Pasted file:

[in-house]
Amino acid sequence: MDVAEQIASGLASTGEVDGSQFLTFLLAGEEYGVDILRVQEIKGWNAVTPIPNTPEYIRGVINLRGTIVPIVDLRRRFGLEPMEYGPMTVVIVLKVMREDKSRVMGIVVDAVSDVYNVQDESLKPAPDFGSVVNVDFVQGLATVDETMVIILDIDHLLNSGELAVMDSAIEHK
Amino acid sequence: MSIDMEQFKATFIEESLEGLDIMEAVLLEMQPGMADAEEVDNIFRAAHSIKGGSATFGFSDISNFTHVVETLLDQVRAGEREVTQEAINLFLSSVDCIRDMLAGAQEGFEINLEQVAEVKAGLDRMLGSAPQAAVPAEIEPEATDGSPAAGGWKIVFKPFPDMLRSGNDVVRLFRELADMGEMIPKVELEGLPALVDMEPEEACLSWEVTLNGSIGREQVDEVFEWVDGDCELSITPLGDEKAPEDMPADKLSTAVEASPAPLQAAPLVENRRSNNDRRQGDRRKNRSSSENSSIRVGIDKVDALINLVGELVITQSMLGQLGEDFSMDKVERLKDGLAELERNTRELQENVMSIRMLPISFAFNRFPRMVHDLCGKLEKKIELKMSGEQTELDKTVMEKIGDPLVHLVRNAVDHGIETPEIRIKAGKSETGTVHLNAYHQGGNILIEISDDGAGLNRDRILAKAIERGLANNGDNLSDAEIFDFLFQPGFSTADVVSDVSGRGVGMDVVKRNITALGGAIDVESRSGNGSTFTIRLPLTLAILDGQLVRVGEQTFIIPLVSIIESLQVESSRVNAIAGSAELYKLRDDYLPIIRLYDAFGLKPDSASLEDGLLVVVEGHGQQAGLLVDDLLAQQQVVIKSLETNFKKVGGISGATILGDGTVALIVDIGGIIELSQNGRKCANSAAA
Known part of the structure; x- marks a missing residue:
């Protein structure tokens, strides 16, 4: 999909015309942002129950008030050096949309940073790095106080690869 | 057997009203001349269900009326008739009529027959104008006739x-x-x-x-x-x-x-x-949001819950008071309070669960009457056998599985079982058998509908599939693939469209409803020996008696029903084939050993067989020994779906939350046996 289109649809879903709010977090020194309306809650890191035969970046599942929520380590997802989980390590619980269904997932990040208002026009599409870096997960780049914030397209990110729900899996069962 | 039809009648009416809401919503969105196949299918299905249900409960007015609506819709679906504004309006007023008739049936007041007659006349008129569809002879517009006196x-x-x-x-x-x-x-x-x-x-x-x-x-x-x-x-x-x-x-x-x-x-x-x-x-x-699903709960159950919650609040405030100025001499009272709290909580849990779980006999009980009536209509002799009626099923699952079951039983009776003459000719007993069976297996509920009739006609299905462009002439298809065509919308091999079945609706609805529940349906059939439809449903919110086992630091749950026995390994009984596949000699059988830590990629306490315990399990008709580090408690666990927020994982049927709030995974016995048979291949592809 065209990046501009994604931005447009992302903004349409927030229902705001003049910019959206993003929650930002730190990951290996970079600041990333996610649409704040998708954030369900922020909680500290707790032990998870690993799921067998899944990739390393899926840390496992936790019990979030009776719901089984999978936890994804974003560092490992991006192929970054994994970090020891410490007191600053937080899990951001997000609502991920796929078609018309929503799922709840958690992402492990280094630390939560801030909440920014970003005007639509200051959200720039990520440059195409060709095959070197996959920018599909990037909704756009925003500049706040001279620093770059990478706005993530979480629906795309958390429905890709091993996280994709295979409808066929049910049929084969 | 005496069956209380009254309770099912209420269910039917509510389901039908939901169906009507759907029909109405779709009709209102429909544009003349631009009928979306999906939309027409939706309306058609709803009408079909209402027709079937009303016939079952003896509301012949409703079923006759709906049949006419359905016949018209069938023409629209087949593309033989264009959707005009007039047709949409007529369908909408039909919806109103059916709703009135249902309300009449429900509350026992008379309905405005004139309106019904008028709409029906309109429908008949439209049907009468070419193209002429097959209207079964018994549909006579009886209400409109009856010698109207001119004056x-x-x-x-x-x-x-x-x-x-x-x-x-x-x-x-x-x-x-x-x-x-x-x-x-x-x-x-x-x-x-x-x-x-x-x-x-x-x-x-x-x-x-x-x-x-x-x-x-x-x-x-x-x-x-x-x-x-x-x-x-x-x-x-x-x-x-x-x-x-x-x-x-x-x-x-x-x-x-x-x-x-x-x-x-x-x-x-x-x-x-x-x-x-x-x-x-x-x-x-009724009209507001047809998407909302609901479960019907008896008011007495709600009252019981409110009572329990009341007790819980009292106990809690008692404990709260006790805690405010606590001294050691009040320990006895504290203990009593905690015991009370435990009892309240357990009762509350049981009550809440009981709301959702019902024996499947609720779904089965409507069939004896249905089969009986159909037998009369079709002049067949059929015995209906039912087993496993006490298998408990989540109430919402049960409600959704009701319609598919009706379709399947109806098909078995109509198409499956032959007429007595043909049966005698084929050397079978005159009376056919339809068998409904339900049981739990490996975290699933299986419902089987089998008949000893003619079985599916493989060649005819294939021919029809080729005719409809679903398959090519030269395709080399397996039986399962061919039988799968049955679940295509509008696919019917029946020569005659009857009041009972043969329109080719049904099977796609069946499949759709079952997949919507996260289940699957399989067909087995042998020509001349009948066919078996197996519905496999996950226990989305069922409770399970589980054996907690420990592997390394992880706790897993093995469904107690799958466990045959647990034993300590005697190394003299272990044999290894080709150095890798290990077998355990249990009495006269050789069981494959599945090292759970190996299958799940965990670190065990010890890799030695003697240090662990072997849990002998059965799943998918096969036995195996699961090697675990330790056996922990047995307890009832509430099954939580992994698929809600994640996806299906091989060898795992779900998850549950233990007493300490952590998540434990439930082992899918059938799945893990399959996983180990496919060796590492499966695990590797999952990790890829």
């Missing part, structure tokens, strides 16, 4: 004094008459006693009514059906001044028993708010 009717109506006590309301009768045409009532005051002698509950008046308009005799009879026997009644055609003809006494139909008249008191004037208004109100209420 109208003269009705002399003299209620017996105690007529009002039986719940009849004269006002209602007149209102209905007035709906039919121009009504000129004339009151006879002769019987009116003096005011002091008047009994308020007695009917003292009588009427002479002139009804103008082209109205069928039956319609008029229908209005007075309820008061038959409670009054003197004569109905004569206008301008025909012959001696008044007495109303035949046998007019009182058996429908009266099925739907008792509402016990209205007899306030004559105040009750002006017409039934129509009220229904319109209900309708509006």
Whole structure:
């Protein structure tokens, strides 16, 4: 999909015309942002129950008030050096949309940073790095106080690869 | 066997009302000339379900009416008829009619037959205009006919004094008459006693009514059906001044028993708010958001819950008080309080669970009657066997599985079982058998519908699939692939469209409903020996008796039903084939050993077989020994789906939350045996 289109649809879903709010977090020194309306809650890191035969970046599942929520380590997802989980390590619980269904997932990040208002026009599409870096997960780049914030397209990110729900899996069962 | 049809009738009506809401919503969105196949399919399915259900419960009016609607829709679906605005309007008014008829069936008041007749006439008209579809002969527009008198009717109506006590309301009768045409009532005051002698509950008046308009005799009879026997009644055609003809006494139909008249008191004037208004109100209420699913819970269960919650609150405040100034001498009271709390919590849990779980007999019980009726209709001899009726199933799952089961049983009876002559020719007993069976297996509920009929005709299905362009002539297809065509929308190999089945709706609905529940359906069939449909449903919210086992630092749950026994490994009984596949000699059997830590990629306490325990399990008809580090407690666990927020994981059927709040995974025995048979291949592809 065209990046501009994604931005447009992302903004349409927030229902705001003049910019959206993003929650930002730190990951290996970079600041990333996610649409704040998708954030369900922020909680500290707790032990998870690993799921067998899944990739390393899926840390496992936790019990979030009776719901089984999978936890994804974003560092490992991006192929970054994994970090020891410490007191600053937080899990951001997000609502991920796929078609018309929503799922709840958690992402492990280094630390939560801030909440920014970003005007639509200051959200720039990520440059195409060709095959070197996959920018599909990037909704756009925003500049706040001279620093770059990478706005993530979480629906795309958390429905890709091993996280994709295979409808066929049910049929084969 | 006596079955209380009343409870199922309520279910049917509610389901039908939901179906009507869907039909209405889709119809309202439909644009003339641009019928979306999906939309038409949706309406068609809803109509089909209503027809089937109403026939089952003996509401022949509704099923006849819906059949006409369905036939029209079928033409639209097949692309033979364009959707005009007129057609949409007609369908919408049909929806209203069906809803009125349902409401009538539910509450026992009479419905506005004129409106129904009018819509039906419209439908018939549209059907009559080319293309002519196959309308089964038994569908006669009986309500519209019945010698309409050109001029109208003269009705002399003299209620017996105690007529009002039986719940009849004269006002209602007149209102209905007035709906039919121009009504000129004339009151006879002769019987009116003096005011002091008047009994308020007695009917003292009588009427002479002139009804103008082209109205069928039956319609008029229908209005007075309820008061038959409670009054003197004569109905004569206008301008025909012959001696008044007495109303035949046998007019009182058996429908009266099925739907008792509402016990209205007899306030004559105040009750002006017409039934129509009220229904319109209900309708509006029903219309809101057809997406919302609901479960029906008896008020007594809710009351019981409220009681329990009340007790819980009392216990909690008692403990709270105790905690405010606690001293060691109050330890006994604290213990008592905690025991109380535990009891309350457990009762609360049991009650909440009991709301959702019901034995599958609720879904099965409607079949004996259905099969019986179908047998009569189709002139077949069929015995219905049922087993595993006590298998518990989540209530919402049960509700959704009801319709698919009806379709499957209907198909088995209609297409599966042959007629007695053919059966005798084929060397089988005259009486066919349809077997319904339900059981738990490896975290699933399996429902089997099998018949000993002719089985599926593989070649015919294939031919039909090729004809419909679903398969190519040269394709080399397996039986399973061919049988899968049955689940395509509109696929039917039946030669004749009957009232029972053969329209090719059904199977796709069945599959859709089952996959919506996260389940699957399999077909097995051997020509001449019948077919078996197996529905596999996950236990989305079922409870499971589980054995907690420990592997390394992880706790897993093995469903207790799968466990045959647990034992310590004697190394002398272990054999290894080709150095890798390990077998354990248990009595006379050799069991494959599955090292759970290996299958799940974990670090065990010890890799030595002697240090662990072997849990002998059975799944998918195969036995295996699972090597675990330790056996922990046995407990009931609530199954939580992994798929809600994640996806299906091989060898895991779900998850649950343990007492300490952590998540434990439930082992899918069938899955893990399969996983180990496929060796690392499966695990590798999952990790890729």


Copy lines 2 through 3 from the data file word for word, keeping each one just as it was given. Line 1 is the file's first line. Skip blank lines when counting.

Amino acid sequence: MDVAEQIASGLASTGEVDGSQFLTFLLAGEEYGVDILRVQEIKGWNAVTPIPNTPEYIRGVINLRGTIVPIVDLRRRFGLEPMEYGPMTVVIVLKVMREDKSRVMGIVVDAVSDVYNVQDESLKPAPDFGSVVNVDFVQGLATVDETMVIILDIDHLLNSGELAVMDSAIEHK
Amino acid sequence: MSIDMEQFKATFIEESLEGLDIMEAVLLEMQPGMADAEEVDNIFRAAHSIKGGSATFGFSDISNFTHVVETLLDQVRAGEREVTQEAINLFLSSVDCIRDMLAGAQEGFEINLEQVAEVKAGLDRMLGSAPQAAVPAEIEPEATDGSPAAGGWKIVFKPFPDMLRSGNDVVRLFRELADMGEMIPKVELEGLPALVDMEPEEACLSWEVTLNGSIGREQVDEVFEWVDGDCELSITPLGDEKAPEDMPADKLSTAVEASPAPLQAAPLVENRRSNNDRRQGDRRKNRSSSENSSIRVGIDKVDALINLVGELVITQSMLGQLGEDFSMDKVERLKDGLAELERNTRELQENVMSIRMLPISFAFNRFPRMVHDLCGKLEKKIELKMSGEQTELDKTVMEKIGDPLVHLVRNAVDHGIETPEIRIKAGKSETGTVHLNAYHQGGNILIEISDDGAGLNRDRILAKAIERGLANNGDNLSDAEIFDFLFQPGFSTADVVSDVSGRGVGMDVVKRNITALGGAIDVESRSGNGSTFTIRLPLTLAILDGQLVRVGEQTFIIPLVSIIESLQVESSRVNAIAGSAELYKLRDDYLPIIRLYDAFGLKPDSASLEDGLLVVVEGHGQQAGLLVDDLLAQQQVVIKSLETNFKKVGGISGATILGDGTVALIVDIGGIIELSQNGRKCANSAAA